I am reading Michael Heiser’s The Unseen Realm.
His reading of Psalm 82:1 is what led him to question what he had been taught about the nothingness of gods other than the Lord. Sometimes the Hebrew word elohim refers to YHWH, the mysterious name of the God of Israel. But sometimes it is plural. In the one verse, Psalm 82:1, it is both.
First, the psalm says that elohim has taken his place in the divine council. There it is clearly singular and refers to Israel’s God. But then it says that he holds judgment in the midst of the elohim. Clearly this time it is plural and refers to other beings, the members of the divine council.
Heiser gives this listing of the uses of elohim in the Hebrew Bible:
Thousands of times it means the Lord, the God of Israel
Sometimes, as in Psalm 82, it means members of the divine council.
Sometimes it refers a god worshiped by another nation. Examples are Judges 11:24, where Jephthah’s speech to the Moabites refers to what “Chemosh your elohim gave you.” or 1 Kings 11:33 where three different deities of the nations, including a goddess, are called elohim.
In the poem in Deuteronomy 32, demons or evil spirits seem to be called elohim (v. 17).
In 1 Samuel 28:13 the ghost of Samuel is called an elohim.
Sometimes elohim refers to angels or the angel of the Lord. He gives Genesis 35:7 as an example. That requires some explanation. Most people probably think it refers directly to God. I would have used Psalm 8:5 about man being created a little lower than the elohim. But that is also a controversial passage.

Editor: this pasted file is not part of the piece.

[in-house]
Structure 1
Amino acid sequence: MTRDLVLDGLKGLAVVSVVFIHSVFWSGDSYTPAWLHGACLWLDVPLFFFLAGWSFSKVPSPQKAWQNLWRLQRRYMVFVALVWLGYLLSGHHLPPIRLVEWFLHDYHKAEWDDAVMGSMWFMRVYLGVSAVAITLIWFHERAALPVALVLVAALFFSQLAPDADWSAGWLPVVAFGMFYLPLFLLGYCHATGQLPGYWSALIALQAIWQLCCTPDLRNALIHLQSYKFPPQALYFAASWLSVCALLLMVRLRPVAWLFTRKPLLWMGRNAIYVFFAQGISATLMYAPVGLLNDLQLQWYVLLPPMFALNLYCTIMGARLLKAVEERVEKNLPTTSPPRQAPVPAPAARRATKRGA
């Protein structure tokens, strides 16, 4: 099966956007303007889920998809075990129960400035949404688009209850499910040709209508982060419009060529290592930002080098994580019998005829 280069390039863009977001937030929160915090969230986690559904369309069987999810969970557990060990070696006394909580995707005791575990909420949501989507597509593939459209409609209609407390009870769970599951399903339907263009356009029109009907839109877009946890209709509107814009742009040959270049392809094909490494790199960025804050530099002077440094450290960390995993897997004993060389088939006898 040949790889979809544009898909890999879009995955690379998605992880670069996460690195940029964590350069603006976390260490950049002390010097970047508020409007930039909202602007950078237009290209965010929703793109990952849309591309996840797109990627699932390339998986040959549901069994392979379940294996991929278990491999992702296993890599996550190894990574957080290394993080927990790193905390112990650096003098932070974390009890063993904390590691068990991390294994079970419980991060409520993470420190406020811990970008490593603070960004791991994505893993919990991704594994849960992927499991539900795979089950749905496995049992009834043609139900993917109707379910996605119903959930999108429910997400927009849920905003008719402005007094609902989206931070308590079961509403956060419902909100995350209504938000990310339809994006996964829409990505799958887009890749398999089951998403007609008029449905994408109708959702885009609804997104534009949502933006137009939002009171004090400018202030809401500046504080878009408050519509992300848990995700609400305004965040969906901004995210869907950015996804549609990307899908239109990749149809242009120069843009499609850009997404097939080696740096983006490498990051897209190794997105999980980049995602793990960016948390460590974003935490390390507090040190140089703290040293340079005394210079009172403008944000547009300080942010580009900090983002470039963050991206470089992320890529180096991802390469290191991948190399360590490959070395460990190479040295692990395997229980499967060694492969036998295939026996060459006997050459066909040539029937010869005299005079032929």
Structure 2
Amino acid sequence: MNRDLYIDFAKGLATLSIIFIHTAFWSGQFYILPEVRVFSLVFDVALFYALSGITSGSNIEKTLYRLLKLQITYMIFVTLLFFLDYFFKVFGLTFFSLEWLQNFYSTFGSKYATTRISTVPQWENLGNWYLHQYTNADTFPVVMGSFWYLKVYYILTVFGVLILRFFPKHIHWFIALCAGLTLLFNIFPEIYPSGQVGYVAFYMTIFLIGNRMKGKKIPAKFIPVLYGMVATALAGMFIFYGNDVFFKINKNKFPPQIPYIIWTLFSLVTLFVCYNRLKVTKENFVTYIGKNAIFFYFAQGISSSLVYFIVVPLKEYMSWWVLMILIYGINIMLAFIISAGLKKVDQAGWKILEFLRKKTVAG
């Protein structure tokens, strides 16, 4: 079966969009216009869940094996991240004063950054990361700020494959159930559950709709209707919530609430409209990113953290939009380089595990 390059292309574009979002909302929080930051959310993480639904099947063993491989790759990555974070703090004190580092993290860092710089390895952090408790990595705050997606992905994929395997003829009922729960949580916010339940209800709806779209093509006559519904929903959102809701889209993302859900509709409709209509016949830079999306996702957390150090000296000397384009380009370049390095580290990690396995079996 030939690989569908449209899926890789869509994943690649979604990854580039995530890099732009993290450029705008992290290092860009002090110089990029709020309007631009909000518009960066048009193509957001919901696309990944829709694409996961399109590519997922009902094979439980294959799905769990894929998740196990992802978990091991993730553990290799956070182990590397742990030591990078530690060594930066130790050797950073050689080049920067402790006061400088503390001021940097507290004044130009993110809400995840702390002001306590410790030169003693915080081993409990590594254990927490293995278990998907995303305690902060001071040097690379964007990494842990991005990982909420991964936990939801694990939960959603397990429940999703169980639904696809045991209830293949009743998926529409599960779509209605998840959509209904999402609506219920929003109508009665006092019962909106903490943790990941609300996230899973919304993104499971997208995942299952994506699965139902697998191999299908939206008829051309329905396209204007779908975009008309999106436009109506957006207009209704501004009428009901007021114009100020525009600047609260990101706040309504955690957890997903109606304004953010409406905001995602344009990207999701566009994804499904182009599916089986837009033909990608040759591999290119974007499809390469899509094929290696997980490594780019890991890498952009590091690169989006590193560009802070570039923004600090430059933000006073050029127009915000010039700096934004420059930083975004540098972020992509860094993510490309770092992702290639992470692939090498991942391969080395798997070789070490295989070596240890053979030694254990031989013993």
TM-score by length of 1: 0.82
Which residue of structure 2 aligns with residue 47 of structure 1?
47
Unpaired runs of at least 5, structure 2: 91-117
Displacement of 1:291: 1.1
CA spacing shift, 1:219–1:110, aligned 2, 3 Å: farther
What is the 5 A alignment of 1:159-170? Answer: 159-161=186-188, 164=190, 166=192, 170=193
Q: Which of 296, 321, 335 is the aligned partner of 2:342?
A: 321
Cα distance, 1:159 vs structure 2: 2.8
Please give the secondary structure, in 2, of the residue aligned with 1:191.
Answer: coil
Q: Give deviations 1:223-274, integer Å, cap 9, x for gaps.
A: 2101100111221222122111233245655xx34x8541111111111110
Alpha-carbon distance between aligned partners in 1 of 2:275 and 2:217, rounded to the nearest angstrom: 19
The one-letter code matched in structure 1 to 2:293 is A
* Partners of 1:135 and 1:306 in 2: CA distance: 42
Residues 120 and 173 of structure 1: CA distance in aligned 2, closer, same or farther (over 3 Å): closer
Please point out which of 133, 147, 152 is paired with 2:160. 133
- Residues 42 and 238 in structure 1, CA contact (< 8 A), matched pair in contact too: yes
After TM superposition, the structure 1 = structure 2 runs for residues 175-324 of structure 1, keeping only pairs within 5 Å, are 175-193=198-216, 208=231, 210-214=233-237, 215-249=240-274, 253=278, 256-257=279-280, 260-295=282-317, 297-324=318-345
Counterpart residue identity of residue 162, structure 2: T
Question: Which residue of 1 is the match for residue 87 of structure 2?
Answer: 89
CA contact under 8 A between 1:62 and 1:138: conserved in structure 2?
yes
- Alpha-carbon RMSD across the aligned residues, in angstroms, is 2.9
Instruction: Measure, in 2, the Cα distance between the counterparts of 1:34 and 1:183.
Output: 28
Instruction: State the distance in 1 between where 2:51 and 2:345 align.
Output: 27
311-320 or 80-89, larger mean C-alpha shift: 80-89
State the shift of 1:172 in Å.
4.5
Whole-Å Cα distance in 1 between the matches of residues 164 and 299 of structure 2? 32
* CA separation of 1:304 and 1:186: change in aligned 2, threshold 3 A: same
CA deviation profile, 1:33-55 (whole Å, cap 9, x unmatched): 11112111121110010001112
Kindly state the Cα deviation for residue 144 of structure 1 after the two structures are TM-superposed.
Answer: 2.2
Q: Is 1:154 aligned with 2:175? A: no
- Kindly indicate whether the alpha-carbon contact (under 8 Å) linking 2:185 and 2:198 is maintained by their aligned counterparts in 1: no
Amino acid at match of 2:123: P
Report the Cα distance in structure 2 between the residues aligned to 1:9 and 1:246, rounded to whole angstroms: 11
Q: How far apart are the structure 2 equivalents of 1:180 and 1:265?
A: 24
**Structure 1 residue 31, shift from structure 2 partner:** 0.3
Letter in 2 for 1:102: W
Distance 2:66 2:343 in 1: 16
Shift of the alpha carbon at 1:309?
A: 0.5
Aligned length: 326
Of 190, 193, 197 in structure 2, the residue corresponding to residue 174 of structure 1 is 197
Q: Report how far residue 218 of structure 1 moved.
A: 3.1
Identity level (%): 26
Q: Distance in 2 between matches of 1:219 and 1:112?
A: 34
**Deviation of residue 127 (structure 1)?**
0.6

It seems that the category, angels, overlaps with the beings that make up the divine council?
The deceased Samuel as elohim raises for me the issue of ancestor veneration and how much the practice of deifying ancestors in other Ancient Near Eastern cultures influenced Israel.
Maybe Heiser will take that up at some point.
Anyway, Heiser wants to open our eyes to the many uses in the Bible of elohim that do not refer to the God of Israel.
He particularly emphasizes the times that a question like “who is like you among the gods” gets asked. This rhetorical question gets asked in the Song of the Sea (Exodus 15:11) and in other words in Deuteronomy 3:24. Statements that God is higher than the gods or most high above them occur in other places.
Heiser thinks it is a mistake to say that these gods only exist in the sense that idols exist. He does not take the gods as symbols or illusions.
He does not accept the arguments of those who say that the negative statements in scripture about having no gods besides the Lord or that there is “no god before me” means that the gods do not exist. It would, he says, be a poor form of praise or worship to say to God, “You are greater than something that does not exist.”